Due to its refined nature, the music could have easily come out monotonous or mushy in lesser hands. However, under the precise and assertive baton of Susanna Mälkki, the Met orchestra, which always seems to strive on new challenges, gave an intelligently scintillating performance, making sure that all the tiny details came through crystal clear while still keeping the integrity of the whole piece intact. The voyage may not have been constantly smooth sailing, but it had been different and rewarding.

Saturday, December 3, 2016

Royal Concertgebouw Orchestra - Glanert & Mahler - 11/30/16

Conductor: Semyon Bychkov 
Detlev Glanert: Theatrum bestiarum, Songs and Dances for Large Orchestra 
Mahler: Symphony No. 5 in C-sharp Minor 

 After indulging in a glorious Resurrection by the Royal Concertgebouw Orchestra in their Amsterdam home back in September, I simply had to try to relive the magical experience last Wednesday night in New York's Carnegie Hall, where they were appearing under the baton of Semyon Bychkov for Mahler's sprawling Symphony No. 5, which could be succinctly described as the composer's first complete mature work. After all, one can never get too much Mahler, especially when it is performed by such subject matter experts.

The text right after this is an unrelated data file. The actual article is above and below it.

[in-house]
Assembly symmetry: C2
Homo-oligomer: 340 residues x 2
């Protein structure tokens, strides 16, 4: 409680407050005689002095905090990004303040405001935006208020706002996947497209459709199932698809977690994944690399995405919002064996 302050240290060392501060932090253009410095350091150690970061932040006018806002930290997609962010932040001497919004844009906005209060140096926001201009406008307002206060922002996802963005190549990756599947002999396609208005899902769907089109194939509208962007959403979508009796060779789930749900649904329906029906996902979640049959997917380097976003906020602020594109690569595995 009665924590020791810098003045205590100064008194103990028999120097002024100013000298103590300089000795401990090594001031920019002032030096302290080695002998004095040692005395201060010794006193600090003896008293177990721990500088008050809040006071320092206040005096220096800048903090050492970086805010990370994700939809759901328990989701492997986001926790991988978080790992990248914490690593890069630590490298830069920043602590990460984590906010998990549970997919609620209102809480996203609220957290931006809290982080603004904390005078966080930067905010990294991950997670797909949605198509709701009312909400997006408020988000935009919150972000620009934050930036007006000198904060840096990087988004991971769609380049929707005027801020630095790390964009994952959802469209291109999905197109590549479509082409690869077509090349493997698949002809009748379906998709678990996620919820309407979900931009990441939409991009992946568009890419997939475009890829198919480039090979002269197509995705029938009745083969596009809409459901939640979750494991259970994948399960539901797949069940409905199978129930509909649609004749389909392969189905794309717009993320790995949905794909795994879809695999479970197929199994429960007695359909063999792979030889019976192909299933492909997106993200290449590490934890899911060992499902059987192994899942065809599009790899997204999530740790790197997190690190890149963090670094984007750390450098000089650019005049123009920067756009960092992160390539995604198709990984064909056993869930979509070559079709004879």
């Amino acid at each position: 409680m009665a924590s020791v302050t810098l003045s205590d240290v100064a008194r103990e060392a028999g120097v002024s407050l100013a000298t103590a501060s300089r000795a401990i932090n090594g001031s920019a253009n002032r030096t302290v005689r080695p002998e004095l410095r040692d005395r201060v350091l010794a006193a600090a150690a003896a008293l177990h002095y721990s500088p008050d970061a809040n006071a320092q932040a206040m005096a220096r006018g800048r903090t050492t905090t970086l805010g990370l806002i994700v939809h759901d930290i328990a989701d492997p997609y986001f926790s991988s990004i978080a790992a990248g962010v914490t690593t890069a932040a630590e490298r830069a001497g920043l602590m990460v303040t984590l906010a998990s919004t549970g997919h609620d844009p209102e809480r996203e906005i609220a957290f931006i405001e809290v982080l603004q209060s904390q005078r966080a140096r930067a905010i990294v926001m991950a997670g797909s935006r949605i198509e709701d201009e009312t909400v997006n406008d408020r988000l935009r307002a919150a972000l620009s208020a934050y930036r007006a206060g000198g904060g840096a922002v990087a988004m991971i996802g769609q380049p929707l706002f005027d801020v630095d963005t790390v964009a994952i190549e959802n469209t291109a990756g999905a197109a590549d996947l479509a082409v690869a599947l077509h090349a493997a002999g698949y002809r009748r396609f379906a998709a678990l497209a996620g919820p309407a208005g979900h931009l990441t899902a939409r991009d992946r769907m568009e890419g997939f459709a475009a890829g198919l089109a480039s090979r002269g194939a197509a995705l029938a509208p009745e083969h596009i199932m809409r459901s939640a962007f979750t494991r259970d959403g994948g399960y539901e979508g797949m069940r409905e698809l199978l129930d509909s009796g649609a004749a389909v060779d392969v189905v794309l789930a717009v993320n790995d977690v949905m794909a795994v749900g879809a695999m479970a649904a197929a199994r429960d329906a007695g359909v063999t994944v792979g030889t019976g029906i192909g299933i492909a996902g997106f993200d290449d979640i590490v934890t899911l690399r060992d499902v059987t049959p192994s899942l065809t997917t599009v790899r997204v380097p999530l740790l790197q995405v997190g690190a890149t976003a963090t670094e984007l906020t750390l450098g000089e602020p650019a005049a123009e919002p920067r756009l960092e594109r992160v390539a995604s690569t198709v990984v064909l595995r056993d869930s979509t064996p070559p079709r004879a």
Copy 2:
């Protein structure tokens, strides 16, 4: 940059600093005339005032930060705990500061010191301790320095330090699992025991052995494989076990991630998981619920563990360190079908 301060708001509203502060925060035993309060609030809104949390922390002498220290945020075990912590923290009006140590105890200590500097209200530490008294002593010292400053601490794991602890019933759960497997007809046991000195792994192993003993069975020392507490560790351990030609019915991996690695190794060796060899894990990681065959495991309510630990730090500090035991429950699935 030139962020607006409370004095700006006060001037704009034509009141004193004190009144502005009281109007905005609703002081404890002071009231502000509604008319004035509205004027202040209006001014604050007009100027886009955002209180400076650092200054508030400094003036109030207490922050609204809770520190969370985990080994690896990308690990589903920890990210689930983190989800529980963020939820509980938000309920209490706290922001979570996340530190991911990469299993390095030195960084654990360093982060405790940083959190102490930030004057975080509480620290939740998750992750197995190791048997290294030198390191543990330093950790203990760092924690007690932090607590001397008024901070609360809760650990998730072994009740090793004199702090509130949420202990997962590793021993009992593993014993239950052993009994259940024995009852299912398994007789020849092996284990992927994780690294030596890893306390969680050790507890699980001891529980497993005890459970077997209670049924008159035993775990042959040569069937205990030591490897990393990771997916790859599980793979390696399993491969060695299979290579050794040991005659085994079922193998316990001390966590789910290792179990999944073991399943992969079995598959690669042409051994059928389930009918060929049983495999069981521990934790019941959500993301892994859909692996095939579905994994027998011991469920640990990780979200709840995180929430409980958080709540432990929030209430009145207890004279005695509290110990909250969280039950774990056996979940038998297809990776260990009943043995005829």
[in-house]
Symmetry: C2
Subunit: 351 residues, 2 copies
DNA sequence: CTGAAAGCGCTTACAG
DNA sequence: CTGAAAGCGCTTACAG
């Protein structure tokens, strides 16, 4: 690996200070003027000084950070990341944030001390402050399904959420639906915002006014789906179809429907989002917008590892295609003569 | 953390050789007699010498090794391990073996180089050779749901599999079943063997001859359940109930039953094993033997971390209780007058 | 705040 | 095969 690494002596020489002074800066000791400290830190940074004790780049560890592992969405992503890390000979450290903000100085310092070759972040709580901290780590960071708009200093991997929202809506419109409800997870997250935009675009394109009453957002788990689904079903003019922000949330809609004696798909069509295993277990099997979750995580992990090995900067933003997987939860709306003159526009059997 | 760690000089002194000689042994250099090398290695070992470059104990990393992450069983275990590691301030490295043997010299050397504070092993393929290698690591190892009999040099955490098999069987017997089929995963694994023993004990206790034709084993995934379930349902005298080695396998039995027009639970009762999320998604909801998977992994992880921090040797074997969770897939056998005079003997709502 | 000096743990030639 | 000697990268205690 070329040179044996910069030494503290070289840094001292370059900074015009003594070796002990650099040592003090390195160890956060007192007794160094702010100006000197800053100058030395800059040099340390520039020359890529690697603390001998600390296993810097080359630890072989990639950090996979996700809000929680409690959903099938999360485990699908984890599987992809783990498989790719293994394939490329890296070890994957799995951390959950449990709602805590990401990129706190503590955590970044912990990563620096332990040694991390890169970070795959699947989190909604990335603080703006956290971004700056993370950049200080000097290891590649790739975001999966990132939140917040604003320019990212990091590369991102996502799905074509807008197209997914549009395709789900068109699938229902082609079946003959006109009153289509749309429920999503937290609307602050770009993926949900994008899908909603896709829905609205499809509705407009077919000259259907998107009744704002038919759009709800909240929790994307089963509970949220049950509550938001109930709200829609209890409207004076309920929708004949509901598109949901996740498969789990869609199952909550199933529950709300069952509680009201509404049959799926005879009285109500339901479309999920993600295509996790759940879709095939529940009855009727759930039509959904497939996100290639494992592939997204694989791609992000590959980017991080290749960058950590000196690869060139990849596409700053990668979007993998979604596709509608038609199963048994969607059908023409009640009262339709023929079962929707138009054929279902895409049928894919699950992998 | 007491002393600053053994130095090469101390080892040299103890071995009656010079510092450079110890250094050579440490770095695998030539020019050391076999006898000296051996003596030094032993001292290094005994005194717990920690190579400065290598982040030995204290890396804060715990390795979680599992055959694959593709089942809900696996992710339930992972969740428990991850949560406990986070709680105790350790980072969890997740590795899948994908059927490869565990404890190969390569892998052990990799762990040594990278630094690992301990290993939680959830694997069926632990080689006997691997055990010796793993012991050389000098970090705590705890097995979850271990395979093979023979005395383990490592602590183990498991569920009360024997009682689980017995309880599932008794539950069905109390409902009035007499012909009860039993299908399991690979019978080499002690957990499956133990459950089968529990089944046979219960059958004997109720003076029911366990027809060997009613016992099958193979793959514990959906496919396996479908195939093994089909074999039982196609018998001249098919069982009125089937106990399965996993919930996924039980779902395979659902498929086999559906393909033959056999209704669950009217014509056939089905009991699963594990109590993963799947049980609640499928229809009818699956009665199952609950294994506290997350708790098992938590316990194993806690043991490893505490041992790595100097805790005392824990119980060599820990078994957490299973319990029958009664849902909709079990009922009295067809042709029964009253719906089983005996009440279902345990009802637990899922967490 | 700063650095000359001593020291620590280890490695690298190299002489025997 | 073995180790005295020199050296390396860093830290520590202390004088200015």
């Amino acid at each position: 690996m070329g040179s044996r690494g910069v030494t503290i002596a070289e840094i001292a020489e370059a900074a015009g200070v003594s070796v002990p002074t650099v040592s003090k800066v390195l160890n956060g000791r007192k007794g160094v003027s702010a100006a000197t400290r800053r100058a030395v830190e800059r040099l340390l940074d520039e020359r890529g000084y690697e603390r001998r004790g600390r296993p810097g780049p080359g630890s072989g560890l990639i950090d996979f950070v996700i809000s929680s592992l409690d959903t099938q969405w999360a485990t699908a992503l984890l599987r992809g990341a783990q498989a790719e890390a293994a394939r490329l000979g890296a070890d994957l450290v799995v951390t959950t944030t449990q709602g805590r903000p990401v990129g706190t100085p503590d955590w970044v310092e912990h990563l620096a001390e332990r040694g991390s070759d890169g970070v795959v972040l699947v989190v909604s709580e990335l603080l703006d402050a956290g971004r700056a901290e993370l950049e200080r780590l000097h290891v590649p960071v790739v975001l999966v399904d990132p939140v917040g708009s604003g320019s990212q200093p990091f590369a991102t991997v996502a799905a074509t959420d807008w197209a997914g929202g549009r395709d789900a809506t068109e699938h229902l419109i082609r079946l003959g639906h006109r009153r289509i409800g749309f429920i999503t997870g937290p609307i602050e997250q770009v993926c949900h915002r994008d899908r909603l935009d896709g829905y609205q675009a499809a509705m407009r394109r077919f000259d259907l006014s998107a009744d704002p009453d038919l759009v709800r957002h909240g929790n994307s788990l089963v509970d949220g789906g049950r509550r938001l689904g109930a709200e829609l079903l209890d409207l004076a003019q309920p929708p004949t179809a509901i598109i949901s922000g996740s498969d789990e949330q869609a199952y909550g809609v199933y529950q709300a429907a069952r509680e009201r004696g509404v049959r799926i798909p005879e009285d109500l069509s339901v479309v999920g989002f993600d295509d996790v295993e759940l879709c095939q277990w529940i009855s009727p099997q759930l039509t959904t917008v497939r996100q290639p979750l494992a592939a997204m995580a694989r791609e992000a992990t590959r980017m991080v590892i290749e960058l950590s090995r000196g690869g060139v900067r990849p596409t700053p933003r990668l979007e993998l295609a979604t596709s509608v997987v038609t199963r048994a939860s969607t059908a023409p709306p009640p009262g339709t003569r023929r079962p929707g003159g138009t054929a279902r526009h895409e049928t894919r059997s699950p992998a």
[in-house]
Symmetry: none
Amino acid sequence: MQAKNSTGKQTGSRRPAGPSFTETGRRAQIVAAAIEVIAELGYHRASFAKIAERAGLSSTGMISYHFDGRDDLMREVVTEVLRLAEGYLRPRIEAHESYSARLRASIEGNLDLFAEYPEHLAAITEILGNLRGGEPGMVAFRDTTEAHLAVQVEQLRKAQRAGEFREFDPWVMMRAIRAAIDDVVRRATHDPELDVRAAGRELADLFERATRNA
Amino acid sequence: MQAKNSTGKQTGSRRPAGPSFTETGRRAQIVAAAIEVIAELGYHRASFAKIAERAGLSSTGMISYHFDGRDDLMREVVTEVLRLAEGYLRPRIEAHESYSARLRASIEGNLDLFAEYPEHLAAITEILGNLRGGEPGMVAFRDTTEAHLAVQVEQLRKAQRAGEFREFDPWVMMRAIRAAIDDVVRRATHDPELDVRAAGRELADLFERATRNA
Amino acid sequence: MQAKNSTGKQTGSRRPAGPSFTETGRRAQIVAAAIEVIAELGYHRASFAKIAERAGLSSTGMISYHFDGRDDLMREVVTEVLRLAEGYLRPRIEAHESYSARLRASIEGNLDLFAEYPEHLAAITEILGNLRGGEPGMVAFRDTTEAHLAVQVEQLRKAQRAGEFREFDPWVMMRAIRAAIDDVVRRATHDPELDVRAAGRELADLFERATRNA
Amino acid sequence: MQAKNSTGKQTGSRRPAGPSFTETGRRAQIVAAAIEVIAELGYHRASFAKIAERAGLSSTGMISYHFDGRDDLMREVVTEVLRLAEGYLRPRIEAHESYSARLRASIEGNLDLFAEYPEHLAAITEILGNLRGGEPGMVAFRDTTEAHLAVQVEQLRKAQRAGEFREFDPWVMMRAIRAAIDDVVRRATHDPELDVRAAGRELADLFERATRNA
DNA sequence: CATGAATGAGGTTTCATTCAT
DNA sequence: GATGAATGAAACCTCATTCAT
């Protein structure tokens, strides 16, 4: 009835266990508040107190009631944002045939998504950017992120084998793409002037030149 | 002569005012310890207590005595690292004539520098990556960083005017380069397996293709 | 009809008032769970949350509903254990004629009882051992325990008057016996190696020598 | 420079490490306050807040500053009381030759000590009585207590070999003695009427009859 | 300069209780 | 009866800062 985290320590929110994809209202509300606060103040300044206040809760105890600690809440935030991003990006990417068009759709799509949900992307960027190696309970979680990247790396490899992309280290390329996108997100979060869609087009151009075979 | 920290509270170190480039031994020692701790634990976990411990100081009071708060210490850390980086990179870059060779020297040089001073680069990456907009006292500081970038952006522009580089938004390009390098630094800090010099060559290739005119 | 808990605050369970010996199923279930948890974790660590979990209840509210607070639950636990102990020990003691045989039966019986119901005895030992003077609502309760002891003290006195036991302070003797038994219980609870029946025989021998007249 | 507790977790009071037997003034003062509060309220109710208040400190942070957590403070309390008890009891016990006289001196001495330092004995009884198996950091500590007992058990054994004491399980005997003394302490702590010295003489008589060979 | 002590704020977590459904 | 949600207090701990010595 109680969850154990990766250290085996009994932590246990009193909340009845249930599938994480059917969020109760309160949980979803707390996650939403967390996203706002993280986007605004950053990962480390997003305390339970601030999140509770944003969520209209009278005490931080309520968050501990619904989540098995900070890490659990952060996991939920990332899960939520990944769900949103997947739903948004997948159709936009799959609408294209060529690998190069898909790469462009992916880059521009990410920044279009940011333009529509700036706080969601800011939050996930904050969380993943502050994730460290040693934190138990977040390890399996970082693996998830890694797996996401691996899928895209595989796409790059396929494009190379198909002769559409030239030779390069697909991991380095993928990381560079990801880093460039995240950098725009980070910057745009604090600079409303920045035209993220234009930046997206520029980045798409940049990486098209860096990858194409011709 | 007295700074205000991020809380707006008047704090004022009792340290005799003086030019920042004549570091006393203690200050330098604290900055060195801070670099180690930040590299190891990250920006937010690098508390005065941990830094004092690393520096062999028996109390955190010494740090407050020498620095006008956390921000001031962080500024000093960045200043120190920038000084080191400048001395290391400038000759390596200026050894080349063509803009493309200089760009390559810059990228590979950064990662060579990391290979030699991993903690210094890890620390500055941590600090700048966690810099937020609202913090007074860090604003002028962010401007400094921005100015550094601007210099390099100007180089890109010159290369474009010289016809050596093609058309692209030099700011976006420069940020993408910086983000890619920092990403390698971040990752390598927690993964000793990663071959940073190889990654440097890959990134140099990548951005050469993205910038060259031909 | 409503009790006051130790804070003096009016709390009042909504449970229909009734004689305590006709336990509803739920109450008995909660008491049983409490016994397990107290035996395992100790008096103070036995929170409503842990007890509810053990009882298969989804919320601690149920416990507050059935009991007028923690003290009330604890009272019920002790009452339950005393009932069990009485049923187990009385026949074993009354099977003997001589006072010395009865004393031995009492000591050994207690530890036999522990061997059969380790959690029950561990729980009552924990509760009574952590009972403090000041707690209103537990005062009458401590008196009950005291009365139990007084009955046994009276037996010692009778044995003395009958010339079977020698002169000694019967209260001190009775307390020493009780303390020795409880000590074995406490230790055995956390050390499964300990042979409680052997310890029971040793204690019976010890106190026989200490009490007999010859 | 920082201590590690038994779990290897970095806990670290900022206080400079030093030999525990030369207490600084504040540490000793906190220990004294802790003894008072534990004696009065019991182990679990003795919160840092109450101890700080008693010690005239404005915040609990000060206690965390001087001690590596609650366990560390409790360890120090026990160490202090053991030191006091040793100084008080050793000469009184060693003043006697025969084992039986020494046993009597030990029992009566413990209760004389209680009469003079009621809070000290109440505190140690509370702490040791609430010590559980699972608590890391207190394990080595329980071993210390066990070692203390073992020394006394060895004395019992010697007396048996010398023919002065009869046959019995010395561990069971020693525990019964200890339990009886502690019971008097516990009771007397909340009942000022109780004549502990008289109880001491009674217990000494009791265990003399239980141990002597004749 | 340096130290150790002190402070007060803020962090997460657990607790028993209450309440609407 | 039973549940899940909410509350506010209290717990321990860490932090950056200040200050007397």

And just to add a bit of novelty to the program, the main attraction would be preceded by the New York premiere of Theatrum bestiarum by Detlev Glanert, a tone poem partly inspired by the composer's own opera Caligula, and more generally by Mahler and Shostakovich. One more reason to go out in that miserable rainy evening at the end of that miserable rainy day.